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TECHNICAL PAPERS

The Boundary Layer Over Turbine Blade Models With Realistic Rough Surfaces

[+] Author and Article Information
Hugh M. McIlroy

Department of Mechanical Engineering,  University of Idaho At Idaho Falls, Idaho Falls, ID 83402mcieng@srv.net

Ralph S. Budwig

Department of Mechanical Engineering,  University of Idaho, Moscow, ID 83844rbudwig@uidaho.edu

J. Turbomach 129(2), 318-330 (Feb 01, 2005) (13 pages) doi:10.1115/1.2218572 History: Received October 01, 2004; Revised February 01, 2005

Results are presented of extensive boundary layer measurements taken over a flat, smooth plate model of the front one-third of a turbine blade and over the model with an embedded strip of realistic rough surface. The turbine blade model also included elevated freestream turbulence and an accelerating freestream in order to simulate conditions on the suction side of a high-pressure turbine blade. The realistic rough surface was developed by scaling actual turbine blade surface data provided by U.S. Air Force Research Laboratory. The rough patch can be considered to be an idealized area of distributed spalls with realistic surface roughness. The results indicate that bypass transition occurred very early in the flow over the model and that the boundary layer remained unstable (transitional) throughout the entire length of the test plate. Results from the rough patch study indicate the boundary layer thickness and momentum thickness Reynolds numbers increased over the rough patch and the shape factor increased over the rough patch but then decreased downstream of the patch. It was also found that flow downstream of the patch experienced a gradual retransition to laminar-like behavior but in less time and distance than in the smooth plate case. Additionally, the rough patch caused a significant increase in streamwise turbulence intensity and normal turbulence intensity over the rough patch and downstream of the patch. In addition, the skin friction coefficient over the rough patch increased by nearly 2.5 times the smooth plate value. Finally, the rough patch caused the Reynolds shear stresses to increase in the region close the plate surface.

Copyright © 2007 by American Society of Mechanical Engineers
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References

Figures

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Figure 1

Schematic diagram of matched-index-of-refraction flow facility with experimental apparatus

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Figure 2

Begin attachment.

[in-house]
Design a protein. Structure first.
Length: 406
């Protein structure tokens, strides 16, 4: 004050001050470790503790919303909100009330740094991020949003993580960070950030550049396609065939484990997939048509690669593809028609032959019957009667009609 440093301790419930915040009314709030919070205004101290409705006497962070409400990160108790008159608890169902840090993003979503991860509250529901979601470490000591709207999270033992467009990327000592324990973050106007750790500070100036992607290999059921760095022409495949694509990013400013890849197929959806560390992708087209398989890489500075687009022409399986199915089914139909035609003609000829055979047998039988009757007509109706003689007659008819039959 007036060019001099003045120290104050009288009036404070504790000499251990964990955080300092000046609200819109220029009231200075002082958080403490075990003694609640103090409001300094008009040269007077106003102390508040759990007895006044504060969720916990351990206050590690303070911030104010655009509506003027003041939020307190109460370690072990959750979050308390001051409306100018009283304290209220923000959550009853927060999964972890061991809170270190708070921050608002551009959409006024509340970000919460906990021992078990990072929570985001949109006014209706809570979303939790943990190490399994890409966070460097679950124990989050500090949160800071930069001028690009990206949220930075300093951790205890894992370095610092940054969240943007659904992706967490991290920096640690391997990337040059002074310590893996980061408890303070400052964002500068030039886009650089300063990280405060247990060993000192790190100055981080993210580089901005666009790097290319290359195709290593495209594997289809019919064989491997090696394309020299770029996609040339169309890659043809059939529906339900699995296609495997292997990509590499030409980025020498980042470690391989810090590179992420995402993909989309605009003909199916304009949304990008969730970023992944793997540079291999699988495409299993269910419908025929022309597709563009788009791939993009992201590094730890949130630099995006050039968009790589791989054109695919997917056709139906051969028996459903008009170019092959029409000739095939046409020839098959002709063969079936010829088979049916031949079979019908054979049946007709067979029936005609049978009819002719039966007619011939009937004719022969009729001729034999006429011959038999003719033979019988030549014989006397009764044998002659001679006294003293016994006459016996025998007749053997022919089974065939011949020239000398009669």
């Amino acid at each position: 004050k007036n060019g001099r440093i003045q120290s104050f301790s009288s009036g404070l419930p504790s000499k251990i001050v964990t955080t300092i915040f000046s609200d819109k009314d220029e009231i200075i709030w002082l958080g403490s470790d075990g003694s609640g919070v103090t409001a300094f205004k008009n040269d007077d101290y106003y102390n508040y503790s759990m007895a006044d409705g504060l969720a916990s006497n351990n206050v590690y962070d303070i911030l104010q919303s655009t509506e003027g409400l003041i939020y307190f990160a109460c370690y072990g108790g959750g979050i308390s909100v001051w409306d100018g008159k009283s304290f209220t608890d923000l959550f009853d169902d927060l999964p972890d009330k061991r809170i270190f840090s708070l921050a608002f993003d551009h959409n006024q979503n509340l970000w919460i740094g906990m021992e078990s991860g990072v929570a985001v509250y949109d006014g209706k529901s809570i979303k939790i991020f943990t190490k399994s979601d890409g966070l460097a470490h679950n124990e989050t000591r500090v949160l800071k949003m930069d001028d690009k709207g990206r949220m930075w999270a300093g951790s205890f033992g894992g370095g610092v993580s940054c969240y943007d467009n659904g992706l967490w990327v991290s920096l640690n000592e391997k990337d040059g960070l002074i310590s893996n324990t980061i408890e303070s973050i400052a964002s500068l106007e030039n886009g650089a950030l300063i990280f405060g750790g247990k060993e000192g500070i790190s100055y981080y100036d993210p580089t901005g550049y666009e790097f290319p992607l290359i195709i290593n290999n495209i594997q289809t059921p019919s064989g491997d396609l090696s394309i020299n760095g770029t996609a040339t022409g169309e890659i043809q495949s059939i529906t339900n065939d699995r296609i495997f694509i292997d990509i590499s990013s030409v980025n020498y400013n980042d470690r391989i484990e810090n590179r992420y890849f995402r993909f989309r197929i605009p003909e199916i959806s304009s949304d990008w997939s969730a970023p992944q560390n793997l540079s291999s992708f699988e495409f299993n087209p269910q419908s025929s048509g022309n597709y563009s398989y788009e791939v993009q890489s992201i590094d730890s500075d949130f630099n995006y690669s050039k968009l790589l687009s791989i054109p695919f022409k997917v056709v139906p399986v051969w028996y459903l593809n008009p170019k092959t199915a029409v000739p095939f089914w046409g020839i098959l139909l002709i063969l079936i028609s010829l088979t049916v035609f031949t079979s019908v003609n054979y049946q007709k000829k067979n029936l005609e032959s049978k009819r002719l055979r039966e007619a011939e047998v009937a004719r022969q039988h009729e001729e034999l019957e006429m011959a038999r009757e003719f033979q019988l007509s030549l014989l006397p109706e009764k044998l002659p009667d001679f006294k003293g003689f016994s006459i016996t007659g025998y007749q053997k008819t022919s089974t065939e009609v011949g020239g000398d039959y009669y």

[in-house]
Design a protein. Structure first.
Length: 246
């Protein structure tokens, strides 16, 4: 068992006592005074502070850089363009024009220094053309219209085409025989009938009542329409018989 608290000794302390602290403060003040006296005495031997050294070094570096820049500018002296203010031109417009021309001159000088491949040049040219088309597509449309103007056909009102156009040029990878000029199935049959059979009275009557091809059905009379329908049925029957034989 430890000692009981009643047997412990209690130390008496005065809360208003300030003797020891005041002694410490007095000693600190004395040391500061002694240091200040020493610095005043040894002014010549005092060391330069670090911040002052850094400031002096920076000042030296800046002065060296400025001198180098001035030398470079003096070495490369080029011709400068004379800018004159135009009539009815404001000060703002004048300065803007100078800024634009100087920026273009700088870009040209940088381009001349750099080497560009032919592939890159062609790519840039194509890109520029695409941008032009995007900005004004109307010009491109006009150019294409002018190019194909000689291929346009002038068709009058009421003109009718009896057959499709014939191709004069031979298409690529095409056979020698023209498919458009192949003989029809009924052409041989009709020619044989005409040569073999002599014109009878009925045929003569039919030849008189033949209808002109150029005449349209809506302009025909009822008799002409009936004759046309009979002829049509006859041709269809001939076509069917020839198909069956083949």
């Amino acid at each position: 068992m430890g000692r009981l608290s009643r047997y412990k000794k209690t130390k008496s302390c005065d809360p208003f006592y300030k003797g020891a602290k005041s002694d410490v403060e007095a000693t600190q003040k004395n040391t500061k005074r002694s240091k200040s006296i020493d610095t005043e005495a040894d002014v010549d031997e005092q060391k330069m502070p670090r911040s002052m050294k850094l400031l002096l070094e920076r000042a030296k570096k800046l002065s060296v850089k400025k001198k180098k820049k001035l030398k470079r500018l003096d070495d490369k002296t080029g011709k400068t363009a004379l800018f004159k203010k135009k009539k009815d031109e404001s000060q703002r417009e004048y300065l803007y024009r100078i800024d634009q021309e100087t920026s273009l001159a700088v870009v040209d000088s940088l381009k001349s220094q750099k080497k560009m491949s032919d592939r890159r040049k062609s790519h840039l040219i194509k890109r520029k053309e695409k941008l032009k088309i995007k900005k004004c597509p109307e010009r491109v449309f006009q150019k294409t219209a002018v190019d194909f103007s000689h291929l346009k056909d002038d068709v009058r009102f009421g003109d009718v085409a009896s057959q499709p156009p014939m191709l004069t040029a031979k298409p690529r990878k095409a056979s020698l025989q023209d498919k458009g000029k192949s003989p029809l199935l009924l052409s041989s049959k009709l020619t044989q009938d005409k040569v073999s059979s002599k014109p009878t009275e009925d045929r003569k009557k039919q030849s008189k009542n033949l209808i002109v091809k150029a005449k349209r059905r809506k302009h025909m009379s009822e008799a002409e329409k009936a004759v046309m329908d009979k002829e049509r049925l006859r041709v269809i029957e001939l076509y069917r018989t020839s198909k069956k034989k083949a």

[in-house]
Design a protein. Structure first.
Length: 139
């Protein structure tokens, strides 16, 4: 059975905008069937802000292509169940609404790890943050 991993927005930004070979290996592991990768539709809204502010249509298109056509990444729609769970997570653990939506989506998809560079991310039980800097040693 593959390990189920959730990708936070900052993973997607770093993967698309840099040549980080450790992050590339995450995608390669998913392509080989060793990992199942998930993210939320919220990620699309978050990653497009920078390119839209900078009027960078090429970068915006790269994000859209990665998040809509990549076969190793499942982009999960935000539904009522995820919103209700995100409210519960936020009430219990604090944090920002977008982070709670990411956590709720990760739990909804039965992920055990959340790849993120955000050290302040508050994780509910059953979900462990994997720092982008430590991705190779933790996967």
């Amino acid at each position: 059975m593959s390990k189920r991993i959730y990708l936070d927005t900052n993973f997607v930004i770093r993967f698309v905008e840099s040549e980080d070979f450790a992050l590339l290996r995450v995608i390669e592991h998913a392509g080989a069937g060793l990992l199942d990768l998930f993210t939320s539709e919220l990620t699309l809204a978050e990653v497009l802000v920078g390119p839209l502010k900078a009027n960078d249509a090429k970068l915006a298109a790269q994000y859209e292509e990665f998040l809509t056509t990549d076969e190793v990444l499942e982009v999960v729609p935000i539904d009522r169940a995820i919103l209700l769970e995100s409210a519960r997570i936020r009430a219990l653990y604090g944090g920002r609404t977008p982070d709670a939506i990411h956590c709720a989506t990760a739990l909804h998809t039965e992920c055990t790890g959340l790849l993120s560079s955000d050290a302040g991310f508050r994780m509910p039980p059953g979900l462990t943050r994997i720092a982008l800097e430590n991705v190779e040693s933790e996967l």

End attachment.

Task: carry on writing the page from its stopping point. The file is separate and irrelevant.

Schematic drawing of test section

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Figure 3

Schematic drawing of turbulence generator

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Figure 4

Schematic drawing of the locations where LDV velocity profile measurements were obtained for the smooth plate base case

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Figure 5

Picture of the complete rough surface of the suction surface of a land-based power turbine rotor blade measured by Bons (4)

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Figure 6

Picture of the scaled rough surface used to fabricate the rough patch in a 4in. by 20in. aluminum plate

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Figure 7

The 4in. by 20in. realistic rough patch installed in the test section of the oil tunnel

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Figure 8

Schematic drawing of the locations where LDV velocity profile measurements were obtained for the rough patch case

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Figure 9

Freestream velocity, acceleration parameter K, Reynolds number based on distance from the leading edge, and freestream turbulence intensity for the smooth plate case with sketch of test plate (dimensions in millimeters)

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Figure 10

Boundary-layer velocity profiles of smooth plate case in Cartesian coordinates

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Figure 11

Streamwise turbulence intensity for the smooth plate case at x=61mm without a turbulence generator installed and with the turbulence generator installed and operating in the active, downstream injection mode